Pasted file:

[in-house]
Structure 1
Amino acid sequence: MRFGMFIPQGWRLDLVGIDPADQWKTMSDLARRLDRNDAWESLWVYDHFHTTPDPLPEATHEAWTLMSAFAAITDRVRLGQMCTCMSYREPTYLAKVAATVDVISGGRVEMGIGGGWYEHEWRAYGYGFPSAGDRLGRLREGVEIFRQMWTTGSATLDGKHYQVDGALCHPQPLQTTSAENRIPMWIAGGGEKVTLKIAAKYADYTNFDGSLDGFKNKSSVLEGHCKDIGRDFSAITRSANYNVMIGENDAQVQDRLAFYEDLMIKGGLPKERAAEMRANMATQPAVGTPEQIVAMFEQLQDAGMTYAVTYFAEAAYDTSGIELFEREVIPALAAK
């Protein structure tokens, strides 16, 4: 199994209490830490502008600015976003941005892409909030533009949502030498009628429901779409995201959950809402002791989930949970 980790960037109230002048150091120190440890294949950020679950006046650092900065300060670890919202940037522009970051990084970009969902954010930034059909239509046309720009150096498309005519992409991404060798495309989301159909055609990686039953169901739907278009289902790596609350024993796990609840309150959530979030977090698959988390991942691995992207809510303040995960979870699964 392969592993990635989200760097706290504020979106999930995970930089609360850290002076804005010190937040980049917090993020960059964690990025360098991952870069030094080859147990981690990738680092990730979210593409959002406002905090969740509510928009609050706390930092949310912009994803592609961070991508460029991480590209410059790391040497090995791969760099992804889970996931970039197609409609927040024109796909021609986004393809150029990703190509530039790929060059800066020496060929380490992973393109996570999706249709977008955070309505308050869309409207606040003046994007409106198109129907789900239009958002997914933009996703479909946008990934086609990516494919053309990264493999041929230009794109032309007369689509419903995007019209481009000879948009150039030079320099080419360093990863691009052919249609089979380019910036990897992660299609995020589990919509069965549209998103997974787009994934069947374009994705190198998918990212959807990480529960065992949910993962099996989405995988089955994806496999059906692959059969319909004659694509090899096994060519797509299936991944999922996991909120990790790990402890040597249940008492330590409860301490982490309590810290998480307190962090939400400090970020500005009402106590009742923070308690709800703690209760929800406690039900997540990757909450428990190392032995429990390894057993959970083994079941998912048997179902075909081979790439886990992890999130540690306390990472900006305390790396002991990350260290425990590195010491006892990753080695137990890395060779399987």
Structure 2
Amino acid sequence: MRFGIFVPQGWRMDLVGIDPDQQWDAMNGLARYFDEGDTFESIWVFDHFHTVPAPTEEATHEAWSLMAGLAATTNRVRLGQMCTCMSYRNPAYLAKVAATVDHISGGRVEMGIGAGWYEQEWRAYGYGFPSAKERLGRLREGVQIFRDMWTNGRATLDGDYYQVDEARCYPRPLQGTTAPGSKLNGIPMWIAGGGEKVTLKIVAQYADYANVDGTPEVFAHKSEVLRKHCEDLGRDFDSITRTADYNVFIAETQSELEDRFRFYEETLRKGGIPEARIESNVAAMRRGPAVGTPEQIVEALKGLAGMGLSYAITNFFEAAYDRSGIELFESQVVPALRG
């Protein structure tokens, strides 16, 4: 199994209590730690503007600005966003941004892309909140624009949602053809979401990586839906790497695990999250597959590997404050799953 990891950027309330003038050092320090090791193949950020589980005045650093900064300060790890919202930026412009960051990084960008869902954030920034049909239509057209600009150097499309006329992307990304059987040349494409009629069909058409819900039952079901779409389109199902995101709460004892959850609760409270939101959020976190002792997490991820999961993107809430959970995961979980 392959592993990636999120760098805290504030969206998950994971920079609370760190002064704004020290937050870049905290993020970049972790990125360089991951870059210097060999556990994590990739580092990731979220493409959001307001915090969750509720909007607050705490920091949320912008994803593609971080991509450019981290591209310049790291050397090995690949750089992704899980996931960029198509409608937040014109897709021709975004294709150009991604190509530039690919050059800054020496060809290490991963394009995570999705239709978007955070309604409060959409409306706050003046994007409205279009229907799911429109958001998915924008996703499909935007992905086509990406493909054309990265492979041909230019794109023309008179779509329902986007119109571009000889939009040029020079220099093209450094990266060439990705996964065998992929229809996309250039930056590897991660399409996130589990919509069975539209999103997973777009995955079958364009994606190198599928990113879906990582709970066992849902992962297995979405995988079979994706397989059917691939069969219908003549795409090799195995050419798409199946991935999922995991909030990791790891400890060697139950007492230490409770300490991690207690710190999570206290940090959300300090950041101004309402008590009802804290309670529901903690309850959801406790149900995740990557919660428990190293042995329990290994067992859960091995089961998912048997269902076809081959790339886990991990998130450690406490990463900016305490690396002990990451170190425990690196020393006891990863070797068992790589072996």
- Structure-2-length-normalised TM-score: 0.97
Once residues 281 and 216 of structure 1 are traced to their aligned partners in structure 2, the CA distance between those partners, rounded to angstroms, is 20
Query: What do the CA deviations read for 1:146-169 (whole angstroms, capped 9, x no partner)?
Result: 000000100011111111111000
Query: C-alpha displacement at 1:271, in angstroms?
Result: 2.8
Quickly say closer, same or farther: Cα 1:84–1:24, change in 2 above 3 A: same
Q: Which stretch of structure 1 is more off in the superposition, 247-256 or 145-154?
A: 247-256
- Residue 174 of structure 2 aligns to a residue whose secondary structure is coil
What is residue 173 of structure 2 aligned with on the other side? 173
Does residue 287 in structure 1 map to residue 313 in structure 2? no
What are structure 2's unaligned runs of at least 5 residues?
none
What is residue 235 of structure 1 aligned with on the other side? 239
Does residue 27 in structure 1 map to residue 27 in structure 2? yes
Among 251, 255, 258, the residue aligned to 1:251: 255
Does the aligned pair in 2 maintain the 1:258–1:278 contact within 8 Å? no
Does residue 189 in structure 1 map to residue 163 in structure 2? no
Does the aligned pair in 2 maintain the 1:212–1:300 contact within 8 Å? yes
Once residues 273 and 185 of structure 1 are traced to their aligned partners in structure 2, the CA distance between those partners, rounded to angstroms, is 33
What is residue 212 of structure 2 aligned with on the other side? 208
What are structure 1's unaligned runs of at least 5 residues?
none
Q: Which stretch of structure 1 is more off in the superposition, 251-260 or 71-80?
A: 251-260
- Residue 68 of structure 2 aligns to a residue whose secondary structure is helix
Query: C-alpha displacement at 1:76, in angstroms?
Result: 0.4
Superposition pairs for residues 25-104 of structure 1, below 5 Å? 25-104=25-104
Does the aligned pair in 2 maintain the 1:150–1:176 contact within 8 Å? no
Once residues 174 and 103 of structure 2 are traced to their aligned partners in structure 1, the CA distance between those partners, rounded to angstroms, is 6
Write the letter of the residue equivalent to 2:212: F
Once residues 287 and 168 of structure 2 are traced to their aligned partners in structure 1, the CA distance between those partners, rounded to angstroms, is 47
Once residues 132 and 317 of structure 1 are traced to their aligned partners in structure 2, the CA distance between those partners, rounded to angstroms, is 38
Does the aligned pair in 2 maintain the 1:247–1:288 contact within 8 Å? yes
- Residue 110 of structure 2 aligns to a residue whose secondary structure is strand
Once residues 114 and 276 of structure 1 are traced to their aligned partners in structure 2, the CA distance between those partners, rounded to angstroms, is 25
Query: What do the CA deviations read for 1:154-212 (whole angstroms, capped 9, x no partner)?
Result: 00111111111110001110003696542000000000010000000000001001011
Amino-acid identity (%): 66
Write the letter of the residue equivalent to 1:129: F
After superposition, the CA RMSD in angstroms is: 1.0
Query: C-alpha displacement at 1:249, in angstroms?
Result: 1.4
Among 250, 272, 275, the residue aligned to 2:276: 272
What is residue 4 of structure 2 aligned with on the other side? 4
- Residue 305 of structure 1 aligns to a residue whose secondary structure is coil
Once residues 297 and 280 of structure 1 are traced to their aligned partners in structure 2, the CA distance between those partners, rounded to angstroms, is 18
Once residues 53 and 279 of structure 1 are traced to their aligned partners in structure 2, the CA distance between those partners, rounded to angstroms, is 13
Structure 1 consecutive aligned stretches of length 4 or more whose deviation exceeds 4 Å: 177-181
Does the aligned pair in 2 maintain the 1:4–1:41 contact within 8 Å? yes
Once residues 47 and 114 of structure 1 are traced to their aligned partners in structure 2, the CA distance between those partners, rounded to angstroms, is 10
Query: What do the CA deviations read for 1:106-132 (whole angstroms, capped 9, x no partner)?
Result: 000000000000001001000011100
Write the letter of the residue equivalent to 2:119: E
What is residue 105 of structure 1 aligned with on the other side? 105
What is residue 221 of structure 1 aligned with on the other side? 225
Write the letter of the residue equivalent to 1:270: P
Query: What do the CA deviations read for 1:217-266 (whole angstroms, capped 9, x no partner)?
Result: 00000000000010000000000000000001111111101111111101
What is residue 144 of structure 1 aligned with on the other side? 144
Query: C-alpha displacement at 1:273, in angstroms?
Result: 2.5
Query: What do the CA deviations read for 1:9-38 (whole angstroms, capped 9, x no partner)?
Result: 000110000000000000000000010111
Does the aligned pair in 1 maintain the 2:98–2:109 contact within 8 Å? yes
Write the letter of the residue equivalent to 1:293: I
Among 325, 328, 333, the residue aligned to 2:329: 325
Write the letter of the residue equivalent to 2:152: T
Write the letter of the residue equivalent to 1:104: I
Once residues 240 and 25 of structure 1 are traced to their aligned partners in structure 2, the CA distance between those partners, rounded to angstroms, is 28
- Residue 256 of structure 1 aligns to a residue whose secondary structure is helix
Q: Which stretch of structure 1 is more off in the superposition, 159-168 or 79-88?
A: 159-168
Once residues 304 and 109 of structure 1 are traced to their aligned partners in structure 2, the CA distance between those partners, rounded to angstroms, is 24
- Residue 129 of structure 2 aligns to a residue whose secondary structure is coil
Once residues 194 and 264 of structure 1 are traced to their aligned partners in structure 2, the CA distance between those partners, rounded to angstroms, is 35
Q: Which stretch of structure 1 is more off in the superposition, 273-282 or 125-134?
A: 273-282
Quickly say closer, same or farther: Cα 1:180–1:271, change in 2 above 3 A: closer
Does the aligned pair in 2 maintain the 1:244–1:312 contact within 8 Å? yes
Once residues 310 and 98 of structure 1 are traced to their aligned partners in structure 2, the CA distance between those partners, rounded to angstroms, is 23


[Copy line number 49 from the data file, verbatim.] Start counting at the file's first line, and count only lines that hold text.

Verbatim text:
Write the letter of the residue equivalent to 1:129: F